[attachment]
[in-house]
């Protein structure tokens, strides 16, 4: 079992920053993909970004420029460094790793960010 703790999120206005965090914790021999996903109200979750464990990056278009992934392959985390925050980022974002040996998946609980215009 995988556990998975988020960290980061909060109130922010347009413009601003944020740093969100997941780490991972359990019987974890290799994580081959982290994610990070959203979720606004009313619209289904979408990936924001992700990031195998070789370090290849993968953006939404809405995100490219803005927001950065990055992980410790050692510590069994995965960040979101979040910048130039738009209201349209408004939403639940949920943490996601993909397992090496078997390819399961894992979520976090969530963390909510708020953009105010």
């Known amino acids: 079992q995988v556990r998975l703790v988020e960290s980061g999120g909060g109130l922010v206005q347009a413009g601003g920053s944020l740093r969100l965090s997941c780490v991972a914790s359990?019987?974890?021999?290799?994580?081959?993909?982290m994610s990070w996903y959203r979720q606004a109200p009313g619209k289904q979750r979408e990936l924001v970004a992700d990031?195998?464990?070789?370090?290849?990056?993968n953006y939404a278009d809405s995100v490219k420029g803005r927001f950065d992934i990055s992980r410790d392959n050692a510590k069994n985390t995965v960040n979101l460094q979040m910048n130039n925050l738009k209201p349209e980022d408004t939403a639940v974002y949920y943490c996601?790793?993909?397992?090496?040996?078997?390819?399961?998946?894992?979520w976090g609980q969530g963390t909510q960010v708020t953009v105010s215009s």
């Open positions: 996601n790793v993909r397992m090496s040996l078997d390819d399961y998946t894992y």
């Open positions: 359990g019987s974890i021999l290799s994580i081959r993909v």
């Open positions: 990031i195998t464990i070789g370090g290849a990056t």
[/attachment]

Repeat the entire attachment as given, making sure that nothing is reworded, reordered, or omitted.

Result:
[in-house]
């Protein structure tokens, strides 16, 4: 079992920053993909970004420029460094790793960010 703790999120206005965090914790021999996903109200979750464990990056278009992934392959985390925050980022974002040996998946609980215009 995988556990998975988020960290980061909060109130922010347009413009601003944020740093969100997941780490991972359990019987974890290799994580081959982290994610990070959203979720606004009313619209289904979408990936924001992700990031195998070789370090290849993968953006939404809405995100490219803005927001950065990055992980410790050692510590069994995965960040979101979040910048130039738009209201349209408004939403639940949920943490996601993909397992090496078997390819399961894992979520976090969530963390909510708020953009105010």
């Known amino acids: 079992q995988v556990r998975l703790v988020e960290s980061g999120g909060g109130l922010v206005q347009a413009g601003g920053s944020l740093r969100l965090s997941c780490v991972a914790s359990?019987?974890?021999?290799?994580?081959?993909?982290m994610s990070w996903y959203r979720q606004a109200p009313g619209k289904q979750r979408e990936l924001v970004a992700d990031?195998?464990?070789?370090?290849?990056?993968n953006y939404a278009d809405s995100v490219k420029g803005r927001f950065d992934i990055s992980r410790d392959n050692a510590k069994n985390t995965v960040n979101l460094q979040m910048n130039n925050l738009k209201p349209e980022d408004t939403a639940v974002y949920y943490c996601?790793?993909?397992?090496?040996?078997?390819?399961?998946?894992?979520w976090g609980q969530g963390t909510q960010v708020t953009v105010s215009s």
């Open positions: 996601n790793v993909r397992m090496s040996l078997d390819d399961y998946t894992y």
């Open positions: 359990g019987s974890i021999l290799s994580i081959r993909v």
């Open positions: 990031i195998t464990i070789g370090g290849a990056t």